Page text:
If the answer to question 1 is “yes” and to any of the other questions is “no” then the solicitor may be in breach of fiduciary duties and ethical responsibilities. A breach of fiduciary duties could result in an order for monetary compensation to the client. A breach of an ethical duty could see the solicitor exposed to disciplinary action.
If no disclosure is made, the payment may even be seen as a secret commission, which could lead to criminal sanction, in addition to any civil or disciplinary consequences.
2.2. Statutory prohibition
Queensland legislation prohibits any person (including a solicitor) from giving or receiving consideration for a claim referral or potential claim referral and approaching or contacting a person and soliciting them to make a claim for personal injuries. Criminal penalties apply.1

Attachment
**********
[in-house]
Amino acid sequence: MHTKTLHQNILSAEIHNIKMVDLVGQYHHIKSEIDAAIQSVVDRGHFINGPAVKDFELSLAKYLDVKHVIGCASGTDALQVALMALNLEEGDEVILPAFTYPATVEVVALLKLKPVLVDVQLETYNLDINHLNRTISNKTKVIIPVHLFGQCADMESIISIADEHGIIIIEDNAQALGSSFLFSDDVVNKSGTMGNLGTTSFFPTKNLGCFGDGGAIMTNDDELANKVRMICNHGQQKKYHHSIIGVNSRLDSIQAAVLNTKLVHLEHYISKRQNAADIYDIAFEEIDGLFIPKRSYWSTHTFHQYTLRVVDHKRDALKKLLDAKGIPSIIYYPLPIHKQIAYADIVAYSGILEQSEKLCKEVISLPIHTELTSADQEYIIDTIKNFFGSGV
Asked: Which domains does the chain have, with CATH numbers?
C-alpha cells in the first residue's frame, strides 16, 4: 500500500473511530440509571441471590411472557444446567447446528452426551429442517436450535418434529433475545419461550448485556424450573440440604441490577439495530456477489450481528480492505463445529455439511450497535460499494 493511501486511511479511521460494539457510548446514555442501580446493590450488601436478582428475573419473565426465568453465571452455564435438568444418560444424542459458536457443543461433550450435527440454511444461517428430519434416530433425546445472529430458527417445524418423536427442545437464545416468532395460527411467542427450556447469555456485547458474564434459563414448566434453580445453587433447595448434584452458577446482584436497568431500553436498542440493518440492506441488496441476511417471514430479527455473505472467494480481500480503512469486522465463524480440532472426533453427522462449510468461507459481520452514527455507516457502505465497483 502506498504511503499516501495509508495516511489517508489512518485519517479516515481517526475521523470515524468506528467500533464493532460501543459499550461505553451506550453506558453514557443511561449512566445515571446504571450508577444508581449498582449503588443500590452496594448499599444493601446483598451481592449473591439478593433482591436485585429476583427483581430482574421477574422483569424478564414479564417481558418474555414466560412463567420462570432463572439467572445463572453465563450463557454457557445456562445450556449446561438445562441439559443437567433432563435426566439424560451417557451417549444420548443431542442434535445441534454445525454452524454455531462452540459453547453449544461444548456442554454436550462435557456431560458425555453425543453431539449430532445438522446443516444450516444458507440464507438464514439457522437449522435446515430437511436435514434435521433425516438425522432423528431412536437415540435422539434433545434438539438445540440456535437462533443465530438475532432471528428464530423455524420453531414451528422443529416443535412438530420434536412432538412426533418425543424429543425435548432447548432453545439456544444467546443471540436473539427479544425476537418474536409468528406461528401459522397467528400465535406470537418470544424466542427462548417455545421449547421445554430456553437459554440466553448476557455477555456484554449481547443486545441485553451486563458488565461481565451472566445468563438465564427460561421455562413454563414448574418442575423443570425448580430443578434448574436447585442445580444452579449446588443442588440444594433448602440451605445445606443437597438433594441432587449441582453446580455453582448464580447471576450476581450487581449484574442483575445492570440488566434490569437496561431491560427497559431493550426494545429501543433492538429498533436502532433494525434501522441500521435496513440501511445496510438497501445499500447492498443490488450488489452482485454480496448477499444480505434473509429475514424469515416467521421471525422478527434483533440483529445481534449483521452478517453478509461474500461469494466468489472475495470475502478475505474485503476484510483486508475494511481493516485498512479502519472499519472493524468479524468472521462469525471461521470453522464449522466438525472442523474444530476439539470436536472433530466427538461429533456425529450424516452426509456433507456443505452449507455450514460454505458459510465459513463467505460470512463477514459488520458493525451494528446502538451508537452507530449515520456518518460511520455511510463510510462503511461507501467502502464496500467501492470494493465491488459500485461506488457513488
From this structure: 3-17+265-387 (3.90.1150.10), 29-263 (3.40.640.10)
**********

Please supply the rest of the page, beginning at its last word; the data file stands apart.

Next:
2.3. Rule 12.4.4 in context
Rule 12.4.4 ASCR permits a solicitor to act for a client in any dealing in which a financial benefit may be payable to a third party for referring the client to the solicitor provided that the solicitor first discloses the payment or financial benefit to the client. The solicitor must satisfy not only the rule but also the solicitor’s fiduciary obligations.
On the one hand, unlike Rule 12.4.3 ASCR (which is concerned with receiving a referral fee and is the subject of a separate Guidance Statement – see More Information below), Rule 12.4.4 does not expressly require that the client’s informed consent be obtained and only refers to disclosure of the financial benefit to the client.